Kyo-yuzen

November 14, 2018

La storia di kyo-yuzen
Yuzen è una tecnica tradizionale per realizzare disegni ornamentali su tessuti per kimono. Ci sono varie tradizioni di yuzen che prendono il nome dalle zone d’origine, ad esempio Tokyo-yuzen  e Kaga-yuzen, quest’ultima tipica di Kanazawa. Kyo-yuzen, la tecnica yuzen di Kyoto, è la più antica e la più famosa. Si dice che i disegni creati con la tecnica kyo-yuzen rendano la vita più ricca e interessante.
Al giorno d’oggi i tessuti lavorati con kyo-yuzen sono prodotti principalmente nella prefettura di Kyoto, in partcolare nelle città di Kyoto, Uji, Kameoka, Joyo, Muko, Kumiyama.
Si dice che Kyoyuzen sia nato nell’era Genroku del periodo Edo. Prima dell’era Genroku venivano usate varie tecniche di decorazione dei tesuti a ricamo e laminazione, ma tale tecniche erano considerate troppo lussose e perciò furono vietate in base a leggi suntuarie, cioè leggi contro il lusso eccessivo, promulgate dallo Shogunato (il governo del Giappone premoderno). La tecnica kyo-yuzen nacque proprio per sostituire le tecniche vietate, e il nome derivava dal nome del primo artigiano che utilizzò la tecnica, Miyazaki Yuzen (1654-1736), un pittore di ventagli di Gion. Ci sono due varianti principali della tecnica kyo-yuzen, la tecnica del disegno a mano e la tecnica del disegno a stampo, quest’ultima introdotta da Hirose Jisuke (1822-1890).

tessuto kyo-yuzen

Kimono kyo-yuzen

 

L’esecuzione di kyo-yuzen
I tessuti di seta sono tinti a mano o a stampo, e per i disegni più complessi ci sono fino a 14 fasi di lavorazione, ognuno affidato ad artigiani specializzati. Gli stampi di carta utilizzati sono molto elaborati e variopinti.

Caratteristiche
Per i disegni kyo-yuzen sono preferiti colori di tonalità tenue, di cui spesso è difficile capire il colore di base, applicati con grande cura e precisione per ottenere un risultatato elegante e sontuoso. I motivi ornamentali sono motivi tradizionali stilizzati, e oltre al colore vengono utilizzate anche altre tecniche quali ricami e lamine d’oro.

Miyazaki Yuzen
La tecnica originaria di disegno a mano è nata attorno alla metà del periodo Edo ad opera di Miyazaki Yuzen, che utilizzò la tecnica per decorare ventagli e gli indumenti tradizionali leggeri kosode. Miyazaki pubblicò un campionario di disegni che ha contribuito alla diffusione della tecnica.

Hirose Jisuke
All’inizio del periodo Meiji Hirose Jisuke creò una nuova tecnica kyo-yuzen, riuscendo a sviluppare una tecnica di disegno a stampo, utilizzando stampi in carta e colla per applicare i motivi ornamentali su tessuti crêpe.

 

Un disegno kyo-yuzen fatto da me

 

The Kimono Forest of Arashiyama, un’esibizione all’aperto di tessuti kyo-yuzen

I ramen di Kyoto

Abbiamo fatto una ricerca sui ristoranti di ramen a Kyoto. I ramen sono uno dei piatti favoriti degli studenti giapponesi, e siccome Kyoto è una città universitaria ci sono molti ristoranti di ramen. Abbiamo dunque deciso di limitare la nostra indagine a tre zone, di cui vi presentiamo alcuni ristoranti buonissimi: l’area di Ichijoji, la più famosa a Kyoto per i ramen , Kawaramachi, il centro e cuore pulsante della città, Gion, il quartiere più tradizionale e più famoso, e la zona di Saiin, l’area vicini alla nostra università.

 

Gion

Muragi  (ramen al limone)

La zuppa di tonkotsu (brodo di ossa di maiale) con fette di limone è rinfrescante e gradevole.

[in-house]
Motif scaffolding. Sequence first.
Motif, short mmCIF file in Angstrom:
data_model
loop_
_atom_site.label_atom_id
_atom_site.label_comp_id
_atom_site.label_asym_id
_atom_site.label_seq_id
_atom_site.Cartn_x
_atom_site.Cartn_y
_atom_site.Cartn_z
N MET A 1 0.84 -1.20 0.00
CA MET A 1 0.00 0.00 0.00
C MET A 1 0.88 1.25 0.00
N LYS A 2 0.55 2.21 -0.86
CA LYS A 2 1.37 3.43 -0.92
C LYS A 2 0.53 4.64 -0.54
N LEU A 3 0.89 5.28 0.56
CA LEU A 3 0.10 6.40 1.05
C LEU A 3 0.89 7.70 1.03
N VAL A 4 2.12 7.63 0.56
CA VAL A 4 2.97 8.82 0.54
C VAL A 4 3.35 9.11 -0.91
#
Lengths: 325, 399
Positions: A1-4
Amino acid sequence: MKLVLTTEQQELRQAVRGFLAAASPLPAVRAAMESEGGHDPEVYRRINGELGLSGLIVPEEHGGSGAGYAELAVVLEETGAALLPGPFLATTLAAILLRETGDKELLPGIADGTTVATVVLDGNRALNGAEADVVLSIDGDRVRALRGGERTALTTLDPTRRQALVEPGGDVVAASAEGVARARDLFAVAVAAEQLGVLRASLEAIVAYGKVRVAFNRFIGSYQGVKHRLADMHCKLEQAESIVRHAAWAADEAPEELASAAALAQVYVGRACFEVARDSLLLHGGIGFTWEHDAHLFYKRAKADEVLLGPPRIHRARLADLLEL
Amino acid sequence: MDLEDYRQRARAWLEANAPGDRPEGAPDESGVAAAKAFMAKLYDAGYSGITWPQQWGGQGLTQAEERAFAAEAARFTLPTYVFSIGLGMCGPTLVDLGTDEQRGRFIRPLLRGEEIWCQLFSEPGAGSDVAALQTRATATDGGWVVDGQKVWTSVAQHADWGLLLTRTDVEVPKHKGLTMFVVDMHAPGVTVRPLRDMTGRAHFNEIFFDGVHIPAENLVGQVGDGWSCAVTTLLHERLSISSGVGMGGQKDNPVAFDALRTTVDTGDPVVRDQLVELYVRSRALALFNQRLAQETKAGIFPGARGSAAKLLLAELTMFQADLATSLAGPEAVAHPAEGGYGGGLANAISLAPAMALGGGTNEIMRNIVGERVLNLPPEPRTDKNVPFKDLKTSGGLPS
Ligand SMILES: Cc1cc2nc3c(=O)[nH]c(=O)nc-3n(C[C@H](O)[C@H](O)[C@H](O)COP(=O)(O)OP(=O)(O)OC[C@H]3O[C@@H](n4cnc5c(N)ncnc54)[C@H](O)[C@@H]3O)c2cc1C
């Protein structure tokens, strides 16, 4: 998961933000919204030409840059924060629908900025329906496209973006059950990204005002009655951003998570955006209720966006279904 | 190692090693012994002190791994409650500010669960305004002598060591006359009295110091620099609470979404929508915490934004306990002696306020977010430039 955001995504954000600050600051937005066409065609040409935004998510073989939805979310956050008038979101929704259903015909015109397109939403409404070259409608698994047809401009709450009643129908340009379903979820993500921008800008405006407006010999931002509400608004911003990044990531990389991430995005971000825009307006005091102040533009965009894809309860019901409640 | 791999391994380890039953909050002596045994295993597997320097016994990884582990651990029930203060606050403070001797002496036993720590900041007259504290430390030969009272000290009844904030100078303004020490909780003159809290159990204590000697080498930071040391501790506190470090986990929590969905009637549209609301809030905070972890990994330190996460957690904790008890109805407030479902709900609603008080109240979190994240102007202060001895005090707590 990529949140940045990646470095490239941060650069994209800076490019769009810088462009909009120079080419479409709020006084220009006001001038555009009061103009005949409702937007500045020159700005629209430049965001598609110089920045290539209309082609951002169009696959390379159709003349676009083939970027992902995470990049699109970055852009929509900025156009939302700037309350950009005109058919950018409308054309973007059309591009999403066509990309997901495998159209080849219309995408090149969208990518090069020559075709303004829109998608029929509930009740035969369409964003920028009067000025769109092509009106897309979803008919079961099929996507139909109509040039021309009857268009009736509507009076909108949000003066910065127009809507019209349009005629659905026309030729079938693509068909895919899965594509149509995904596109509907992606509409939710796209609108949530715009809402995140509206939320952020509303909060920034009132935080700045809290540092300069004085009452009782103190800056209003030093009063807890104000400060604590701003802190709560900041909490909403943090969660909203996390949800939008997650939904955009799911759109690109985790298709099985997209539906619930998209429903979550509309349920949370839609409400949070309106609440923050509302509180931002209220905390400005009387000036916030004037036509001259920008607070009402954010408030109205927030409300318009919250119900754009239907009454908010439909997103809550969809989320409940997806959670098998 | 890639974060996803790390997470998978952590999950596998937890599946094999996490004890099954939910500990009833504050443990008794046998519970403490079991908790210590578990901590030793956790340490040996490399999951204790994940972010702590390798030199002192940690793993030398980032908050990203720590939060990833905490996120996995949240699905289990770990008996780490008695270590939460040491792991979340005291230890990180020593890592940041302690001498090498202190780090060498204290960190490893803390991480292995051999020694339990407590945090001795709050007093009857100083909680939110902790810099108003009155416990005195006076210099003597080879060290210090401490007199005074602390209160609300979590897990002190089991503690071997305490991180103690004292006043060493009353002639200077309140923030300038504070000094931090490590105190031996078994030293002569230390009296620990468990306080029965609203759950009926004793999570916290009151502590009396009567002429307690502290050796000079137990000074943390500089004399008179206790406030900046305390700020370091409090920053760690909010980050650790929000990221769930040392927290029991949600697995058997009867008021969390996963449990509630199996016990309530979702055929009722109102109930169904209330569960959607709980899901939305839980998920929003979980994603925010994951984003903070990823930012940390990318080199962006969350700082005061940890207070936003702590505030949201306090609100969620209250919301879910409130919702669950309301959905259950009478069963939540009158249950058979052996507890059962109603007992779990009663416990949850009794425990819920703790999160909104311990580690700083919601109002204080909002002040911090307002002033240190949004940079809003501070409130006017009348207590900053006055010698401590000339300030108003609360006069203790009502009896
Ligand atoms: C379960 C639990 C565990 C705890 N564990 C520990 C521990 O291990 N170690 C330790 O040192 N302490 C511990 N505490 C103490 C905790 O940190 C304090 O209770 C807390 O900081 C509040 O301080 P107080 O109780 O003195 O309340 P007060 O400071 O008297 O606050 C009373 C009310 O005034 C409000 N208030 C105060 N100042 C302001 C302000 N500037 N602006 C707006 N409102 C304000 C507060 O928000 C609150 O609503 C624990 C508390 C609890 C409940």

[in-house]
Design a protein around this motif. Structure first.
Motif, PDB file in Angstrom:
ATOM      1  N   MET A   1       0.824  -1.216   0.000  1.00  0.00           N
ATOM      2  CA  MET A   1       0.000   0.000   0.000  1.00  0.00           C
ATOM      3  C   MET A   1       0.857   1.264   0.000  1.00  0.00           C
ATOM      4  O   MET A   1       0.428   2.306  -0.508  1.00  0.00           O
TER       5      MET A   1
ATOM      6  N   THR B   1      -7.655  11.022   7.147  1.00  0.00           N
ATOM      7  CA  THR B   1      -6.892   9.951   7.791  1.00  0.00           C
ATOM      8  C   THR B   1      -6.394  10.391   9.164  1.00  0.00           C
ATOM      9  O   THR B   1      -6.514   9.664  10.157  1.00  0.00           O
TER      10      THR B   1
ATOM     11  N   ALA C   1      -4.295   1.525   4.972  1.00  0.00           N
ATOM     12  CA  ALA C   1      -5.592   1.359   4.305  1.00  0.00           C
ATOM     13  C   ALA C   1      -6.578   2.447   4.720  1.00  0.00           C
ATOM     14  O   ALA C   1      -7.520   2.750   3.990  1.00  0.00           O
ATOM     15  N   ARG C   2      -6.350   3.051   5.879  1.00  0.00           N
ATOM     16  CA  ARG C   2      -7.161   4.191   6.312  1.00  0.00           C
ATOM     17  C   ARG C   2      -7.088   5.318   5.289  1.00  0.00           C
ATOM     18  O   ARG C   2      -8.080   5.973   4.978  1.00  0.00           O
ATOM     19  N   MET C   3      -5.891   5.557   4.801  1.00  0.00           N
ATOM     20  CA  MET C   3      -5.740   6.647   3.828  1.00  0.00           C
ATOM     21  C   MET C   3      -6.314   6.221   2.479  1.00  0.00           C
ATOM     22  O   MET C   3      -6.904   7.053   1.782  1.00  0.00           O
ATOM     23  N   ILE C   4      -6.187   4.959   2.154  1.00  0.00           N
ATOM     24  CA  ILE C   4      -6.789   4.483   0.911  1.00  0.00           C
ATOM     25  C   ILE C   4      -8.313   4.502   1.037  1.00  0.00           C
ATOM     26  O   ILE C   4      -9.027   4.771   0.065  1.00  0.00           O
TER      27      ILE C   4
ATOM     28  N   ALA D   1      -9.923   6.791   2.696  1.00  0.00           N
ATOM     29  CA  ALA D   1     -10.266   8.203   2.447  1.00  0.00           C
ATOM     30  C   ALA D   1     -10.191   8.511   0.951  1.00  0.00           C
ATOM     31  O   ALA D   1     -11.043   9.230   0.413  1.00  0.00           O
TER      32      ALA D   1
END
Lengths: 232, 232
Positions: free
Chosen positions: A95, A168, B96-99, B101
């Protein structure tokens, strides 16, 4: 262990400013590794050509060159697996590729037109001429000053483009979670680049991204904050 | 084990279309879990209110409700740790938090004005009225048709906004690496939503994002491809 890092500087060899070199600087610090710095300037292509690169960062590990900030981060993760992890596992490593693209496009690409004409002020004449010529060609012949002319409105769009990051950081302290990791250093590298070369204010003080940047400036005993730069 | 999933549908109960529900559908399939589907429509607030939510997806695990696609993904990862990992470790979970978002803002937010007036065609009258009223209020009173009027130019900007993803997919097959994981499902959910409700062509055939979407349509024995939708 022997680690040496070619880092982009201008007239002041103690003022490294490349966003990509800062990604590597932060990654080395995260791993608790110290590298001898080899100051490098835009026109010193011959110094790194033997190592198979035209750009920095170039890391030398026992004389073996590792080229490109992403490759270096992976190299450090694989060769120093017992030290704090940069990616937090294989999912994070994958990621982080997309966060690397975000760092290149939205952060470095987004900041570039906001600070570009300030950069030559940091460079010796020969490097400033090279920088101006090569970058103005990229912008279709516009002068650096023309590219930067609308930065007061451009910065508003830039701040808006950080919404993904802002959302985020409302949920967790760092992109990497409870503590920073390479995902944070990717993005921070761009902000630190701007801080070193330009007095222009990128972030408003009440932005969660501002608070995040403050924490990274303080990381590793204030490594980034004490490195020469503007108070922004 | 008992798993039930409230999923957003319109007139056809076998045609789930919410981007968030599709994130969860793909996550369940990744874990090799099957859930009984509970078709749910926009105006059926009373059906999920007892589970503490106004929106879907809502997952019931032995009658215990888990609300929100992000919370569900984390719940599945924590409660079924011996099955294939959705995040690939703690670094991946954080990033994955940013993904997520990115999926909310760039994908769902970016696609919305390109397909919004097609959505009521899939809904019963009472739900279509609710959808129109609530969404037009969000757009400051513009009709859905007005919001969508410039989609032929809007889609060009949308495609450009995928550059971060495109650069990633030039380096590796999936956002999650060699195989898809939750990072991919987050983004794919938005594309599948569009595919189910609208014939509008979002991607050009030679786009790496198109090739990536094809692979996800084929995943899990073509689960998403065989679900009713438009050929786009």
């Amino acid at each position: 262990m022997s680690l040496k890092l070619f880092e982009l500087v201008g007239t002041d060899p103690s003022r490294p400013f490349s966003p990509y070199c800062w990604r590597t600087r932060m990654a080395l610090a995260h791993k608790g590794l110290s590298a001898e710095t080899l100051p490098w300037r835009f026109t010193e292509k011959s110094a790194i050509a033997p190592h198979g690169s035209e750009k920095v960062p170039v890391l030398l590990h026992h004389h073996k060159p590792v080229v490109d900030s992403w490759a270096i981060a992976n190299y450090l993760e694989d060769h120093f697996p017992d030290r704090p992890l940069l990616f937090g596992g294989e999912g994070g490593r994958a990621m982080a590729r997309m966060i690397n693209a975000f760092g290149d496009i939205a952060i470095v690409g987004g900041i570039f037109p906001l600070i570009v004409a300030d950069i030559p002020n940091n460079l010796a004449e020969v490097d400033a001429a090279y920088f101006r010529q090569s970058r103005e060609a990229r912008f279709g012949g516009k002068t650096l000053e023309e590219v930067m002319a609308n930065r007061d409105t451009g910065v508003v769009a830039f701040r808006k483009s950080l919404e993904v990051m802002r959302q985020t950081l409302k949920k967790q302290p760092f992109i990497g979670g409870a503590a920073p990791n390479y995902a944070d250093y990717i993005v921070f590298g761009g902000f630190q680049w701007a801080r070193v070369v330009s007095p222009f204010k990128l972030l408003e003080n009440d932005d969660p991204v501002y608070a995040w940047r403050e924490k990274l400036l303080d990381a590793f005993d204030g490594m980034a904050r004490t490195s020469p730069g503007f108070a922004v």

È consigliabile mangiarli senza perdere tempo, perché dopo un po’ il gusto diventa amarognolo.

 

Kawaramachi

Ichiran

La caratteristica principale di questo ristorante è il fatto che è possibilile scegliere non solo il grado di cottura e la durezza delle tagliatelle, come in molti altri locali, ma anche la quantità di grasso nella propria zuppa. Un’altra caratteristica postiva è il fatto che tutti i tavoli sono in stanze separate. Tuttavia va tenuto presente che non si può vedere il volto dei camerieri che servono.

 

Ichijioji

Gokkei (ramen alla zuppa di pollo)

È un locale notissimo a Kyoto perché è stato scelto molte volte nei sondaggi come ristorante di ramen migliore della città.che le persone che conoscono il ramen numero uno di Kyoto brillano molte volte. Probabilmente la ragione per cui piace tanto ai giovani giapponesi è che la zuppa è molto densa e sostanziosa.

 

Yuhi no kirameki (“Scintillio del sole al tramonto”)

L’abbinamento delle tagliatelle con la zuppa è fantastico. Il gusto di limoneli rende gradevoli, e sono molto adatti per chi vuole gustare diversi tipi di ramen in un pasto solo, visitando diversi ristoranti uno dopo l’altro. Questa pratica si chiama tabearuki in giapponese. Tabearuki significa letteralmente “camminare mangiando”, ma mentre in italiano, camminare mangiando significa mangiare mentre si passeggia, cosa che i giapponesi raramente fanno, in giapponese significa andare in diversi ristoranti durante lo stesso pasto per poter gustare cose diverse.

 

Saiin

Tsurumusha

Il brodo di pollo ha la consistenza giusta, né troppo denso né troppo acquoso, e il sapore è delicato. Colpisce la gentilezza del personale, e si nota l’impegno nel servire i clienti in modo sollecito, qualità molto apprezzata dai giapponesi.

 

Toritani  (soba alla zuppa di pollo)

Si possono scegliere due tipi di zuppa, corposa o leggera, e le fettine di carne di maiale cotta al sangue servite sopra alle tagliatelle sono molto buone. Soba, in questo caso, ha lo stesso significato di ramen, e indica le tagliatelle cinesi di frumento, più precisamente chiamate chuka soba, ossia soba cinesi.

 

Risultati della ricerca

A seguto della nostra approfodita indagine scientifica, abbiamo scoperto che i ramen a Kyoto sono in genere assai corposi, e serivti con abbondante carne di maiale. Probabilmente la ragione sta nel fatto che i principali consumatori di ramen sono i numerosissimi studenti universitari che vivono a Kyoto, e gli studenti vogliono riempirsi la pancia spendendo poco. I ramen di Kyoto sono dunque un piatto  ideale per gli studenti squattrinati. Naturalmente il gusto è diverso nei diversi locali, ma ogni ristorante ha le sue caratteristiche e la sua bontà particolare, e grazie alla nostra ricerca ci è venuta ancora più voglia di mangiare i ramen.

 

 

 

 

I turisti stranieri a Kyoto

Yuko Hoshide, Reno Mitani, Yuta Morioka

 

Turisti stranieri ad Arashiyama

 

Turist stranieri in treno

 

Turisti stranieri che ammirano le foglie osse d’acero (momiji)